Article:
Melbourne loves a secret. And even though Cucina Povera Vino Vero is from Australian hospitality heavyweights and lifelong friends Maurice Terzini (of the iconic Sydney restaurant icebergs) and Joe Vargetto (of Melbourne’s White lord Y Dough), sneaking into his new Italian restaurant through an inconspicuous door on Little Collins Street feels like you’re in on a secret.
The former Massi space has been transformed by design studio Latitude into a minimalist yet elegant room. The walls look like big slabs of plastered concrete and floor-to-ceiling gray curtains cover the facade, making it feel like your own little bubble.
“The idea was always that you can’t buy style and you can’t buy authenticity,” says Terzini. bed sheet. “It’s not like Joe and I decided to go to Rome and then come back and open a Roman bar. This is very close to who we are; we’re reminiscing about our childhood memories and the brutalism of Italian garages and the brutalism of Italian gardens, all concrete, that’s the vibe.”
It is a homecoming for Terzini. He was born here and his first venue was Caffe e Cucina in South Yarra, followed by Il Bacaro and Melbourne Wine Room. The last one, Giuseppe, Arnaldo & Sons at Crown, closed nine years ago.
Regarded as one of Australia’s great restaurateurs, with a career spanning over 30 years, Terzini has created restaurants with a singularly sharp, almost punk vision. His success boils down to a simple concept: that the atmosphere and service should be as remarkable as the food, drinks, and beauty of the venue.
But for both him and Vargetto, there’s an added layer to the opening of this restaurant. It’s called Cucina Povera (which means “food of the poor”) and serves as a tribute to the Italian immigrants who came to Australia to make it their home. Your families. Everything on the menu is carefully considered to fit into that narrative. “It’s the story of my parents and Maurice’s parents coming to Australia.” Vargetto says. “My parents longed for a simple ricotta or some semolina or fennel flour or some oranges, which they couldn’t get in 1970s Australia. And that’s what the menu is all about.”
You won’t find prosciutto here, but what you will find is handmade bologna and salami along with vegetables that aren’t as ubiquitous in restaurants, like turnip greens and sorrel. Vargetto is making pork jowls, slowly braised with cinnamon and a few cloves, with parsnips and chestnuts. There is also kid with fagioli (beans); the meat is cooked slowly and slowly, then the bone is removed. Also, every hour, Vargetto comes out brandishing a large copper pot from which he pours freshly made ricotta into little serving bowls spooned into ciabatta. Warm and sweet, you haven’t had ricotta until you’ve tasted this.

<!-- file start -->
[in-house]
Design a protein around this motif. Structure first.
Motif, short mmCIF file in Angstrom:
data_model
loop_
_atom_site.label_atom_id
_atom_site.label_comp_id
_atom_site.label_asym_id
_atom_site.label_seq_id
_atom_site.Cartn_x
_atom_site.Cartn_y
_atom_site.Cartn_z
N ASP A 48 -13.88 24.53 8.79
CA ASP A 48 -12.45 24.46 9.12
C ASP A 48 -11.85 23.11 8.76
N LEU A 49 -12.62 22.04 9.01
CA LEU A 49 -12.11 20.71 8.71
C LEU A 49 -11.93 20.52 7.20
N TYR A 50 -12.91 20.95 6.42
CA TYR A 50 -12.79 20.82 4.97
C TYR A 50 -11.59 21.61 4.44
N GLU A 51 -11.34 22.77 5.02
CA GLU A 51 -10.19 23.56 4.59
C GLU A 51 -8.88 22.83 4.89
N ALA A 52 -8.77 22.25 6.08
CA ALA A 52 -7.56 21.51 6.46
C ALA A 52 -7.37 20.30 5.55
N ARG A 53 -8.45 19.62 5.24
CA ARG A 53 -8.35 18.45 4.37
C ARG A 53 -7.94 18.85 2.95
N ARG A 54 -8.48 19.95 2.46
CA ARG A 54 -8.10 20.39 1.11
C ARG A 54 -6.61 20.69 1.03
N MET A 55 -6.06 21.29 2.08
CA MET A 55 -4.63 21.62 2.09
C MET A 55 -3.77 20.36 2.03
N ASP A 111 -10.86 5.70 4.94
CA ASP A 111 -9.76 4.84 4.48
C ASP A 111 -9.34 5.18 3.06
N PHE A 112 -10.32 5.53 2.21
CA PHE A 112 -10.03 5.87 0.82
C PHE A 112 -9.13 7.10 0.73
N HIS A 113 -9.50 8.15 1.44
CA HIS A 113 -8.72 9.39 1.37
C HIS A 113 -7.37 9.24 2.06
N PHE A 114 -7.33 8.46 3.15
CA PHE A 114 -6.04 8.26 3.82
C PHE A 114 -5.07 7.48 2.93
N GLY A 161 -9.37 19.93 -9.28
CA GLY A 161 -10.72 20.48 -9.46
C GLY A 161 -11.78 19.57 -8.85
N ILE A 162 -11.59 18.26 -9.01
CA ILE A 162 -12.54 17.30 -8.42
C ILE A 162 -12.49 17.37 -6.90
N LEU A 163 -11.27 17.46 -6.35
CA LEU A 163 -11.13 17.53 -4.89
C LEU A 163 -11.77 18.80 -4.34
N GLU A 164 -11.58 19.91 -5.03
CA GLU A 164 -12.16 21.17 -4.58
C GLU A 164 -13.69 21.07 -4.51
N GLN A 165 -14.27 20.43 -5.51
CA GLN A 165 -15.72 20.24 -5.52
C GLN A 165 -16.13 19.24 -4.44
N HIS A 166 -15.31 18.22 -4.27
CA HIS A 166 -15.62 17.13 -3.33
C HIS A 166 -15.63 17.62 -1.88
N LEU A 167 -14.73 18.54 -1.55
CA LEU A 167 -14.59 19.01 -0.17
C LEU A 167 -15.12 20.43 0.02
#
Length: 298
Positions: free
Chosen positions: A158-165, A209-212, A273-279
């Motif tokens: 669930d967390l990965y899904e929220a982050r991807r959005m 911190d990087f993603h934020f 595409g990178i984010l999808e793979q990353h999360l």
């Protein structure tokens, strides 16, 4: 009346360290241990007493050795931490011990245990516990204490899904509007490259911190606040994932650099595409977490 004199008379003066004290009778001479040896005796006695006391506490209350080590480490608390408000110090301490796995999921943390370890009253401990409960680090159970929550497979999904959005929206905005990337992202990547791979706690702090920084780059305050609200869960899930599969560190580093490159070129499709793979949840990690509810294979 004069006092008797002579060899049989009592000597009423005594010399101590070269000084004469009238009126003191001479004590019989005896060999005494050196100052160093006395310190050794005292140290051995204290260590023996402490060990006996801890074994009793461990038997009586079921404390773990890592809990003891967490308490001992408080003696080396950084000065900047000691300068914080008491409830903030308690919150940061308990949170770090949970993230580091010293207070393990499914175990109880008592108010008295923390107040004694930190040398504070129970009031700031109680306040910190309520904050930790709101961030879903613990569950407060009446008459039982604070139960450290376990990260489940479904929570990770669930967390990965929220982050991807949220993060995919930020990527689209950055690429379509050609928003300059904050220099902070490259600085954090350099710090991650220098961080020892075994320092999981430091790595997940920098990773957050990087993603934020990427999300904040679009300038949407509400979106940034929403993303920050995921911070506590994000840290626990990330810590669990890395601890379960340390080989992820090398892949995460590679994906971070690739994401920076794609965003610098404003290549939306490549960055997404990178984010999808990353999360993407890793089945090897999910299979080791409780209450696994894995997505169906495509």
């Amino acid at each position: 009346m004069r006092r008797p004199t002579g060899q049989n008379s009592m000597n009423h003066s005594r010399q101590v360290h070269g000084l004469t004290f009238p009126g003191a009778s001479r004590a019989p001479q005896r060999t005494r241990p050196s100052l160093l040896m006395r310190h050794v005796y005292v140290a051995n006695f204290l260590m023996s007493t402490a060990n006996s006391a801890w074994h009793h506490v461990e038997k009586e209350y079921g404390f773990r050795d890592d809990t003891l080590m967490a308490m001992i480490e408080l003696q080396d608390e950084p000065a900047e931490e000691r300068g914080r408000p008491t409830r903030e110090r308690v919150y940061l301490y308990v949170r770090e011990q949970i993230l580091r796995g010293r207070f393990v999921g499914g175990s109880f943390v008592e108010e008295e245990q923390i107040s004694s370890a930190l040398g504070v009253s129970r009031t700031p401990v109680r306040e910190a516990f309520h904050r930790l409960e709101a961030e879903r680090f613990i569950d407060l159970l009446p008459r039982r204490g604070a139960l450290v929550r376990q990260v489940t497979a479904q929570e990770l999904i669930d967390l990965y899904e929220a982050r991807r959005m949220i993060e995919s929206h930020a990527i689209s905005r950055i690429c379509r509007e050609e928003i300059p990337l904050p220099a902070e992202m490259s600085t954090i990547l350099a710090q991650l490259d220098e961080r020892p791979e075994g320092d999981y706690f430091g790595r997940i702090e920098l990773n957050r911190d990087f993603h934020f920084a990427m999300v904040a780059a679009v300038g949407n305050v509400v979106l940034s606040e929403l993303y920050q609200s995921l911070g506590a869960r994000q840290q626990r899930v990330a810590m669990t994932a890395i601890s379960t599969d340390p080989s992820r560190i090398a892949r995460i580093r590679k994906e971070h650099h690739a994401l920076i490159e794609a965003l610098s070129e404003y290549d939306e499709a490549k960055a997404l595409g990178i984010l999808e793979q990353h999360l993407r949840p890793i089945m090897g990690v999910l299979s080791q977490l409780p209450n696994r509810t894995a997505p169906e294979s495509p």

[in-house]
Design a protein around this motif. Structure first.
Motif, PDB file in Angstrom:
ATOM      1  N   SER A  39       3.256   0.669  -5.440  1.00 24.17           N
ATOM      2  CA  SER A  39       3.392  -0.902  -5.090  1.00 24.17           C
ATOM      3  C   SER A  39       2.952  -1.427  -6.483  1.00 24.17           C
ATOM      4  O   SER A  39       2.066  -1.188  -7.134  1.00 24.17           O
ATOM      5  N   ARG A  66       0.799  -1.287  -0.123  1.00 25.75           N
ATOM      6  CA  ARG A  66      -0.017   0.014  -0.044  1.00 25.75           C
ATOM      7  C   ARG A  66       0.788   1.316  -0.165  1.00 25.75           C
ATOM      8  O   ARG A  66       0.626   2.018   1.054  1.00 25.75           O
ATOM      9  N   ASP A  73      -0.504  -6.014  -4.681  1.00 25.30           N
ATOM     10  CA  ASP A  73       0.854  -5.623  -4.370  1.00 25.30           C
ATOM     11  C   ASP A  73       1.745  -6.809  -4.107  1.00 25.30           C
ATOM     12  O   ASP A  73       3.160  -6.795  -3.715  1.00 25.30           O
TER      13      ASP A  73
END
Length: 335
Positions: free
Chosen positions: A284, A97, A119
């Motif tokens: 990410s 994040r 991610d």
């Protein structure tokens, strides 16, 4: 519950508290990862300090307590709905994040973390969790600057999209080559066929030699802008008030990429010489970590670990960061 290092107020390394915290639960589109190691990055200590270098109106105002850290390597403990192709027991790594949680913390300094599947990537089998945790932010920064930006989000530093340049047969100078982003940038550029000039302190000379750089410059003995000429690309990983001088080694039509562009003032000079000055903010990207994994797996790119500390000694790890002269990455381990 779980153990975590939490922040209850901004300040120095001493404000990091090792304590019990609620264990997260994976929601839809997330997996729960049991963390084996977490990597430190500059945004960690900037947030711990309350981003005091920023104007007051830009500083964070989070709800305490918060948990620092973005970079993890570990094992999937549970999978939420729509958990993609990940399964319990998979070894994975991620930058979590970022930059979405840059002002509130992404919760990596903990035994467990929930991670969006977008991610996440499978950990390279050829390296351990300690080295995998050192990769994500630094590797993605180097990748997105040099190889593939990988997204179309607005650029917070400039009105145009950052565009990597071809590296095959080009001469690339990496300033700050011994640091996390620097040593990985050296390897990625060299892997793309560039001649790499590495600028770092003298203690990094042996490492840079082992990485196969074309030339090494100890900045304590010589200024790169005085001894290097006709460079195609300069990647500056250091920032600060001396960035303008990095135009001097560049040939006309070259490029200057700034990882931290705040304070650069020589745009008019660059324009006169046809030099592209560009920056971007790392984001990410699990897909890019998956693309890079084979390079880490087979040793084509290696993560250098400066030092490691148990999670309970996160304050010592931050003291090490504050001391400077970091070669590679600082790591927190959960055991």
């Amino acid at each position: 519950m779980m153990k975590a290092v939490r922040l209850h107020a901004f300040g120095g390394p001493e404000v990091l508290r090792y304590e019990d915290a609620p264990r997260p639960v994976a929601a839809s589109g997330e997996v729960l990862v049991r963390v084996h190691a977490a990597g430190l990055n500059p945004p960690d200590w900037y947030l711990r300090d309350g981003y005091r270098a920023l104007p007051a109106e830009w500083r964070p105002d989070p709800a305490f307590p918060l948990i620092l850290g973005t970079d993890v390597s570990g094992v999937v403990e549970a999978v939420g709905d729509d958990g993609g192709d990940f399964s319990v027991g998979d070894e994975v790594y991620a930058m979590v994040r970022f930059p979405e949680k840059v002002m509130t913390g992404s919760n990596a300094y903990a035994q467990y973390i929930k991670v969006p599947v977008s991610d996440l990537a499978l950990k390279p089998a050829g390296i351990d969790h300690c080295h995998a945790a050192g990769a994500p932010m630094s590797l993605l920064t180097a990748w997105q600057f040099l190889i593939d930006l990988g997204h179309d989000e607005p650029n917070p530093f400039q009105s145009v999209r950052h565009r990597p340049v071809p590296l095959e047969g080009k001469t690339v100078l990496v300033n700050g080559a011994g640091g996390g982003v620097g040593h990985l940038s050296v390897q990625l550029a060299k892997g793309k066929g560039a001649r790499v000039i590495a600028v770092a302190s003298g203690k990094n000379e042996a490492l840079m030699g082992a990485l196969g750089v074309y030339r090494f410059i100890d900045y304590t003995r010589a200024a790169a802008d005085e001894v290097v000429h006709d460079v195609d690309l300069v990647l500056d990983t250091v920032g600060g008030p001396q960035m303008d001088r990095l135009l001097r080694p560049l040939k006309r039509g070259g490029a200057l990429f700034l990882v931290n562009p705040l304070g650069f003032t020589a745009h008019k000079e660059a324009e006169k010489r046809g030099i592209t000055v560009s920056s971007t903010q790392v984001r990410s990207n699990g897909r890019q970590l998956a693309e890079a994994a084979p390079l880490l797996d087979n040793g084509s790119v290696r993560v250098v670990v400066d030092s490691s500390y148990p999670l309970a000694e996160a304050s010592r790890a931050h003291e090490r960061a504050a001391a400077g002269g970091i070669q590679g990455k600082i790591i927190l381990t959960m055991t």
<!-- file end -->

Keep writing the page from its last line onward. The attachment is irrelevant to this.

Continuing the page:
The dessert is kept in a simple but excellent summary. Hay Cannoli from Footscray Pasticceria T Cavallaro & Sons, where Vargetto has flashbacks of trick-or-treating with his parents, and a dish called Half-Time Orange. To make it, Vargetto poaches oranges in sugar syrup for hours, then serves them quartered with his version of modica chocolate; it’s a rich, gritty mix of dark chocolate, brown sugar, and a little olive oil. “The halftime orange is basically [inspired by] me growing up and playing soccer, riding down to the oval on my bike myself at 12. It’s a quarter of an orange with chocolate on the side.”
But more than that, the restaurant taps into the family memories that are quintessential to many Italians. “Growing up, our garage was used more than the kitchen,” Vargetto says. “We had freezers, refrigerators and cupboards laying around…and Mom would put her pickles next to the Ford Falcon. She was always a hotbed of industry.”
Here, the drink is Terzini territory. “We have an absolutely great Bloody Mary,” he says. “Imagine it’s 12:00 pm, you’re in the city, you’re hungover, you need to get on a plane at 5:00 pm, you go in and have a Bloody Mary, some grilled bologna.” Perfect. He’s also serving a Negroni Sbagliato (also known as a “wrong” Negroni, which swaps the gin for prosecco). “In Milan it is served in a liter glass, which is so kitsch, so we went out and found [some]. It is anti-minimalism.”
As for wine, there are eight on the list from a rotating selection of producers, they come by the glass or pint. The first is Giorgio De Maria’s Fun Wines. “He is the god of Italian wine,” says Terzini. There’s also a 10-litre goon bag (“an ironic offering for thirsty people”). “We wanted the wine to be a lo-fi, breakable garage wine.”
And as for the vibe? “It’s a small room,” says Terzini. “Just come in and let yourself go.” But that’s not to say the experience will be impromptu: “The service will be like the Icebergs service, but for $50 instead of $250.”
Poor cooking. Real wine.
445 Little Collins Street, Melbourne
(03) 9642 1434
Thu & Fri 12pm–11pm